Tell Us: What’s the Best Jane Austen Adaptation?

Katie Martin / The Atlantic
Editor’s Note: This article previously appeared in a different format as part of The Atlantic’s Notes section, retired in 2021.

“The first rule of Fight Club is: One never mentions Fight Club. No corsets, no hat pins—and no crying.”

That’s Lizzie Bennet, dictating to her fellow fighters the rules that govern an improbable collective: Jane Austen’s Fight Club. The club, portrayed in a viral YouTube video first posted in 2012, features a collection of Jane Austen’s most notable heroines (Lizzie, Fanny, Emma, Elinor, Marianne) slapping each other, hitting each other, kicking each other, swinging off trees, flipping their way over well-manicured lawns, and in general acting like a bunch of punch-drunk characters in a Chuck Palahniuk novel. Except … lady characters. Feminist characters. Characters who, despite being boosted of breast and empired of waist, can totally fend for themselves. “You’re very clever, aren’t you?” an anonymous man asks Lizzie. “How’s that going for you, being clever?”

Lizzie smiles a knowing smile. “Splendidly,” she replies.

Jane Austen’s Fight Club is essentially, as HuffPost summed it up after its launch, Pride and Prejudice and Punches. It is purposely absurd. It is also undeniably brilliant. It resonates—the original video currently has more than 1.5 million views on YouTube—in large part because it captures something essentially and enduringly true about the worlds Austen’s books portray with such sharp specificity: the belligerence that underscores all the daintiness. The eat-or-be-eaten quality of the early 19th-century marriage market. The Darwinian forces lurking within the most innocent meal, or country ball, or “turn about the room.” Women, in Austen’s novels, are often sisters and friends who truly love each other; they are also cruelly cast as each others’ competitors by a society that values women primarily for their willingness to become wives.

Jane Austen’s Fight Club translates that, cleverly, to a world that congratulates itself for having progressed beyond such reductive views. And it isn’t the only recent work to have done that. The video joined a teeming field of films and TV shows and writings and web videos, from the cheeky to the serious, that have sought to situate Austen’s stories and themes within the drawing rooms of contemporary life.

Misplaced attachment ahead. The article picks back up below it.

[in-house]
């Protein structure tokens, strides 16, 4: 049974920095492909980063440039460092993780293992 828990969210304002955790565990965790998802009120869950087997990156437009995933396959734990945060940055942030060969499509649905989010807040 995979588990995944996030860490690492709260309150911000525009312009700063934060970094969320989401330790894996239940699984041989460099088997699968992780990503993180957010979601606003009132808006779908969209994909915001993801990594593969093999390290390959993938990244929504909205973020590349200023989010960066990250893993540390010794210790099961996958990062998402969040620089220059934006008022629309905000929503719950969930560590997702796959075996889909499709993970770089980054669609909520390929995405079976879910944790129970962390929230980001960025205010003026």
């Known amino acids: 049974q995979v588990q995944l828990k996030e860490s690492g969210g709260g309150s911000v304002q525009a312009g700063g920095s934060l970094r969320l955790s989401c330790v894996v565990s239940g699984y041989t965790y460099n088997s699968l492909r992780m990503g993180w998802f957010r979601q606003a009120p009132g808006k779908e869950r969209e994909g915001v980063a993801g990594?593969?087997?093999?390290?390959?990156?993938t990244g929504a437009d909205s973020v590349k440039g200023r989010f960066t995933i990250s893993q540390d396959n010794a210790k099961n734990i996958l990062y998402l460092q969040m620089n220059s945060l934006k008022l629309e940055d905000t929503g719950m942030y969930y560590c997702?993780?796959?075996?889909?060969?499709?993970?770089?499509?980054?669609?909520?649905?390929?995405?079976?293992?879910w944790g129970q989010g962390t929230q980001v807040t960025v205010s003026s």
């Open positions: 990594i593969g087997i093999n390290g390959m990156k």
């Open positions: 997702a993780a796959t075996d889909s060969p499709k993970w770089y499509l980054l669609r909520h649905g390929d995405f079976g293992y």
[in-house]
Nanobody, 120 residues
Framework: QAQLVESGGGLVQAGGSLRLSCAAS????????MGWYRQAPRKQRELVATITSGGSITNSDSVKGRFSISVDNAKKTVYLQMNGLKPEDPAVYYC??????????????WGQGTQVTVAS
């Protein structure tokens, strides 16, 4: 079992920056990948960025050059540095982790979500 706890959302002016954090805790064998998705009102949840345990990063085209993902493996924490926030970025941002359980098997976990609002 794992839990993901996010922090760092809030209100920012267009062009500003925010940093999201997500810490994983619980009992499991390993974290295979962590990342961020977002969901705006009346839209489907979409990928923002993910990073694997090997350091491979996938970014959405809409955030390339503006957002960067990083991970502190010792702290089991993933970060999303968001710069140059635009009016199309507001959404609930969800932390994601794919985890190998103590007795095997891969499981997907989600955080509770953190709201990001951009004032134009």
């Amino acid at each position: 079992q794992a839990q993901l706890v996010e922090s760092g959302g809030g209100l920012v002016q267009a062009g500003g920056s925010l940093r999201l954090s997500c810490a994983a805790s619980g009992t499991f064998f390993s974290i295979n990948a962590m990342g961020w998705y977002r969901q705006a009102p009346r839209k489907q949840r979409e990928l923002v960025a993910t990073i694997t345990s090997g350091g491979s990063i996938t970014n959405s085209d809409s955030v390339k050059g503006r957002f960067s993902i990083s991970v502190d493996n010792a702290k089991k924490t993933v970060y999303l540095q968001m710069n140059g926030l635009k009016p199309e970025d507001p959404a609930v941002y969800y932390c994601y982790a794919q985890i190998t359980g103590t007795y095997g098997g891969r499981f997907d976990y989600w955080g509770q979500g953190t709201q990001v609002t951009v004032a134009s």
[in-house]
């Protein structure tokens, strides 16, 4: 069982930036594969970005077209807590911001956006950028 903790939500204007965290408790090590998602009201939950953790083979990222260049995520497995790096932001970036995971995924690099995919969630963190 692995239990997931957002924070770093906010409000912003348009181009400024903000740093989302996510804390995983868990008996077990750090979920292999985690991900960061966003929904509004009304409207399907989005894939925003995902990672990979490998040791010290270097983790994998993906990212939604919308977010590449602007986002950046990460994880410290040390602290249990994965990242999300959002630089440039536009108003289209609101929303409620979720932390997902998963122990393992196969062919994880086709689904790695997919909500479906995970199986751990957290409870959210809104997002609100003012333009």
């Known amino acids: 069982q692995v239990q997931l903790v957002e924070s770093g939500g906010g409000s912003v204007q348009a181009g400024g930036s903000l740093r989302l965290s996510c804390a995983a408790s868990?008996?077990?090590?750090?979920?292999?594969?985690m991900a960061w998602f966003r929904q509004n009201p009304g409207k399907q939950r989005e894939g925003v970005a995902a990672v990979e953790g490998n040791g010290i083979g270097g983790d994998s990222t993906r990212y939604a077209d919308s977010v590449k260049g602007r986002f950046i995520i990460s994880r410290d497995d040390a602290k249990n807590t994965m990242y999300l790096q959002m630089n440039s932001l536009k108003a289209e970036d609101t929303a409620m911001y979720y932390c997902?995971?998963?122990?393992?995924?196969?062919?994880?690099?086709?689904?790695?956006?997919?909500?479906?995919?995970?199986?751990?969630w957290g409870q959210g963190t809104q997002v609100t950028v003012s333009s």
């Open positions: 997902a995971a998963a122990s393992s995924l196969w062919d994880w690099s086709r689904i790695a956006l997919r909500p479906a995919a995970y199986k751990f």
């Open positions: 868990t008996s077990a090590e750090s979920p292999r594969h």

There was, in 1995, Clueless, which located the story of Emma within Beverly Hills’s Bronson Alcott High School. There was the short-lived TV show that followed it. There was, in 2001, Bridget Jones’s Diary, based on Helen Fielding’s newspaper column, which adapted the themes of Pride and Prejudice to the dating culture of early 21st-century England. There was, in 2004, Bride and Prejudice, a Bollywood-inflected take on the Austen novel’s marriage plot. There was The Lizzie Bennet Diaries, the Emmy-winning, multi-platform series that imagined Pride and Prejudice’s heroine as a grad student—still living at home, still prone to romantic (mis)adventures. There was Austenland, Keri Russell’s 2013 comedy about the misadventures of a woman who spends her vacation at a Pride and Prejudice-themed fantasy camp. There was 2016’s Eligible, the novelist Curtis Sittenfeld’s “modern retelling of Pride and Prejudice.” And there was also, in 2016, Pride and Prejudice and Zombies, which offered a feature-film take on some of the themes Jane Austen’s Fight Club had explored: fighting, feminism, the hermetically sealed universe of life in Regency England.

Those have come, of course, in addition to the many straight-ahead adaptations of Austen that have sprung up in recent years: multiple versions of Pride and Prejudice, Ang Lee’s Sense and Sensibility, and the recent Love and Friendship, based on the novella Lady Susan.

With all those—and many others—in mind, we’d love to know: What are your favorite Austen adaptations? You could make a very good case, I think, that Gossip Girl, with its Edith Whartonian antecedents, could also be read, given its omniscient narrator, its stifling setting, and its obsession with class, as a very loose Austen spinoff. Or you could stan for 2007’s Becoming Jane, the gauzy Austen biopic starring Anne Hathaway. Or for Death Comes to Pemberley—the novel or the miniseries. Or for one of the many musical productions—Pride and Prejudice, Austen’s Pride, Austen—that have been performed in recent years. Or for 1914’s Old Friends and New Fancies: An Imaginary Sequel to the Novels of Jane Austen, which found the author Sybil G. Brinton writing fan fiction before that genre had a name.

Or you could, of course, argue for the BBC version of Pride and Prejudice, the miniseries that introduced Austen to a new generation of fans, and that, via a brooding dive into a murky pond, catapulted Colin Firth to his current fame.

Whatever your favorite, we’d love to hear about it. (Or, for that matter, if there’s an Austen adaptation that especially rubs you the wrong way, we’d love to hear about that, as well!) We’ll be talking more about revisions of Austen as part of our celebration of her life and legacy next week, and, as part of that, we’re looking for your nominations. In this form, please share some of your favorite/least favorite tributes to Austen. We’ll discuss them in more detail in an upcoming thread.